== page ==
Considering that he can't know whether his blogging played a role in the denial of tenure, does he have any regrets?
[I]f one assumes that the opportunity cost of blogging (e.g., better or more scholarship) was the difference between tenure and no tenure – an unclear assertion at best – then it’s a tough call. From a strict cost-benefit analysis, one could argue that the doors that blogging opened could have been deferred for a few years in return for the annuity of a tenured position at Chicago. That said, if I did things only for the money, I never would have entered the academy in the first place. And I’ve enjoyed the psychic rewards of blogging way too much to regret my choice.I know some untenured lawprofs who want to blog but who are hesitating or have already decided to wait until they have tenure. Drezner's case will probably stand as a cautionary tale for everyone now, despite the paucity of evidence that the blog hurt his cause. With the University of Chicago Law School putting its weight behind an official faculty blog, should we think that the University of Chicago political science department is hostile to blogging?
But there is a real range of thought among faculty members about blogging. Some get it and some don't. Those who do tend to have blogs or want to start them. But there are many -- and they might not talk about it -- who don't understand the phenomenon. Some of these feel threatened by blogging or, perhaps, jealous of those who are getting attention -- unjustly! -- by blogging. Anytime a blogger falls short in any other aspect of life, it is possible to say it was because of the blogging.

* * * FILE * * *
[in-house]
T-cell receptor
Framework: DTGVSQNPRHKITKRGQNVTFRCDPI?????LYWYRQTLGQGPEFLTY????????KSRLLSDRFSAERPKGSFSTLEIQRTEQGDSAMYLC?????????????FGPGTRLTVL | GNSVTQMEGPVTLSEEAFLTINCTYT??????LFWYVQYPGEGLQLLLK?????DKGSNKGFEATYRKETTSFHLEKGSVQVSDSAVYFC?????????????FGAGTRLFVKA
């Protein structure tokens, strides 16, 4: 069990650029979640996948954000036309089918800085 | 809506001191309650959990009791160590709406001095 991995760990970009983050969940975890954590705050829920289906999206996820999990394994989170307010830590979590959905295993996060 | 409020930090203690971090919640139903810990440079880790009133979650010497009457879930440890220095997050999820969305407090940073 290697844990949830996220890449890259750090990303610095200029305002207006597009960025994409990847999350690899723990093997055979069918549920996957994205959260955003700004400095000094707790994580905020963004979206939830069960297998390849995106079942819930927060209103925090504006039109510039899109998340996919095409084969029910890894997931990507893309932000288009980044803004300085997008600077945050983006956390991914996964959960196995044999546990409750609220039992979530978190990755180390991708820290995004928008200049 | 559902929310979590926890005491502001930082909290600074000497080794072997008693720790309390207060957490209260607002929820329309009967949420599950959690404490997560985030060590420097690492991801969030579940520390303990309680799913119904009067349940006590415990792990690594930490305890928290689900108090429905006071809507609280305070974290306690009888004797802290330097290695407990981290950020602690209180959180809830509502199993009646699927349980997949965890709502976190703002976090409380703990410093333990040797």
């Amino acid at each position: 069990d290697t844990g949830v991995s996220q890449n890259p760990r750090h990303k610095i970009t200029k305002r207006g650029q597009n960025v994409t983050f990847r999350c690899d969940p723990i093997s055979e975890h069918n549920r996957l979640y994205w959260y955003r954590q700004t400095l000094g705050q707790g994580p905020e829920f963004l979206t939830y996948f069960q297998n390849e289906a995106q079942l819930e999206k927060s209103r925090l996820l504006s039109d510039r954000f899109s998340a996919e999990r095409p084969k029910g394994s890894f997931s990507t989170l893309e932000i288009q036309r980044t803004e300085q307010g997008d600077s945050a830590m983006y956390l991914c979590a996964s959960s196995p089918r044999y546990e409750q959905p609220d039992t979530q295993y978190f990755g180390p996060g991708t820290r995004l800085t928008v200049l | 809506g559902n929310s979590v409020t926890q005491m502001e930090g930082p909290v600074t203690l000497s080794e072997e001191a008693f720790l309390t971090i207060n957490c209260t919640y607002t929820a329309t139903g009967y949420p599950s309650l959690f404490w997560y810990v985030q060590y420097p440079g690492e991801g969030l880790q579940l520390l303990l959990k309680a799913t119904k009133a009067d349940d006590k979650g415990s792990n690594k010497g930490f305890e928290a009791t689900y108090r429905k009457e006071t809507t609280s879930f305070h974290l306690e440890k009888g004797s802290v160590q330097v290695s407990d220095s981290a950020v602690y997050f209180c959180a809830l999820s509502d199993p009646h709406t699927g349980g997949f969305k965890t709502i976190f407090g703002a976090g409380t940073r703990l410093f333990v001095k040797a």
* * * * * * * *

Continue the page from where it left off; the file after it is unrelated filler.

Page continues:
If you didn't blog so much, you would have [used all that time to do whatever I think you ought to have done].
Time spent on a blog is visible in a way that time spent watching movies or talking with friends or reading mystery novels or engaging in physical exercise or playing with your kids or daydreaming is not. Those who worry about blogging or feel jealous of bloggers have that blog always there, so visible, planting tiny negative impulses in their heads day by day. Then some day, when they must make a decision about you, who knows what role the blog played?
But for a true blogger, like Drezner, it's worth it.
UPDATE: Steven Taylor notes that colleagues keep asking him how much time he spends blogging. It makes you wonder if they're going to use it against you. My stock answer is: "It's a trade secret." The truth is, I myself don't know. Relatively little time is spent actually writing out posts, but a strange amount of time is spent on peripheral activities that are hard to draw a line around -- like reading miscellaneous things and thinking. But is that blogging? People who don't blog do that too.